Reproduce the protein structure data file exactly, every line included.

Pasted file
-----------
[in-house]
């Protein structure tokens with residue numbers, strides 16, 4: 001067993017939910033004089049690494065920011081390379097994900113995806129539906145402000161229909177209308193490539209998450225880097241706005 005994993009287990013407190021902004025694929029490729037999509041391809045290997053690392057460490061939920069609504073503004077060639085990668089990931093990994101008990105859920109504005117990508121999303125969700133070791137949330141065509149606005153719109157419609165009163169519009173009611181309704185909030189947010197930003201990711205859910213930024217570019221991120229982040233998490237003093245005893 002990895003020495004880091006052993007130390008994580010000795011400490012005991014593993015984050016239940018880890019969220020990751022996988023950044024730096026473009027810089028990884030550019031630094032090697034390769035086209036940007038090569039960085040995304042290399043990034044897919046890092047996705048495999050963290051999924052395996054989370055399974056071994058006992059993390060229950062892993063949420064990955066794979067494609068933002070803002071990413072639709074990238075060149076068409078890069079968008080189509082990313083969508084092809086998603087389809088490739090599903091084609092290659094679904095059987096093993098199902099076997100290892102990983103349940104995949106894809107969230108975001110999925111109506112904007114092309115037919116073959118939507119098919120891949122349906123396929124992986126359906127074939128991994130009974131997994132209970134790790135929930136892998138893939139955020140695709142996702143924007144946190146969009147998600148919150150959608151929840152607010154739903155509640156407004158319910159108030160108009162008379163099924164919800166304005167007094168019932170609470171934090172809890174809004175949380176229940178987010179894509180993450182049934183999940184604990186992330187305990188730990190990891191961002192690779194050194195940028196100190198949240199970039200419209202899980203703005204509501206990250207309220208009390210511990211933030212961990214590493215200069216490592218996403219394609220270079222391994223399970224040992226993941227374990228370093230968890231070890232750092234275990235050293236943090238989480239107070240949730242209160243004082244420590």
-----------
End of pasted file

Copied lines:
[in-house]
């Protein structure tokens with residue numbers, strides 16, 4: 001067993017939910033004089049690494065920011081390379097994900113995806129539906145402000161229909177209308193490539209998450225880097241706005 005994993009287990013407190021902004025694929029490729037999509041391809045290997053690392057460490061939920069609504073503004077060639085990668089990931093990994101008990105859920109504005117990508121999303125969700133070791137949330141065509149606005153719109157419609165009163169519009173009611181309704185909030189947010197930003201990711205859910213930024217570019221991120229982040233998490237003093245005893 002990895003020495004880091006052993007130390008994580010000795011400490012005991014593993015984050016239940018880890019969220020990751022996988023950044024730096026473009027810089028990884030550019031630094032090697034390769035086209036940007038090569039960085040995304042290399043990034044897919046890092047996705048495999050963290051999924052395996054989370055399974056071994058006992059993390060229950062892993063949420064990955066794979067494609068933002070803002071990413072639709074990238075060149076068409078890069079968008080189509082990313083969508084092809086998603087389809088490739090599903091084609092290659094679904095059987096093993098199902099076997100290892102990983103349940104995949106894809107969230108975001110999925111109506112904007114092309115037919116073959118939507119098919120891949122349906123396929124992986126359906127074939128991994130009974131997994132209970134790790135929930136892998138893939139955020140695709142996702143924007144946190146969009147998600148919150150959608151929840152607010154739903155509640156407004158319910159108030160108009162008379163099924164919800166304005167007094168019932170609470171934090172809890174809004175949380176229940178987010179894509180993450182049934183999940184604990186992330187305990188730990190990891191961002192690779194050194195940028196100190198949240199970039200419209202899980203703005204509501206990250207309220208009390210511990211933030212961990214590493215200069216490592218996403219394609220270079222391994223399970224040992226993941227374990228370093230968890231070890232750092234275990235050293236943090238989480239107070240949730242209160243004082244420590």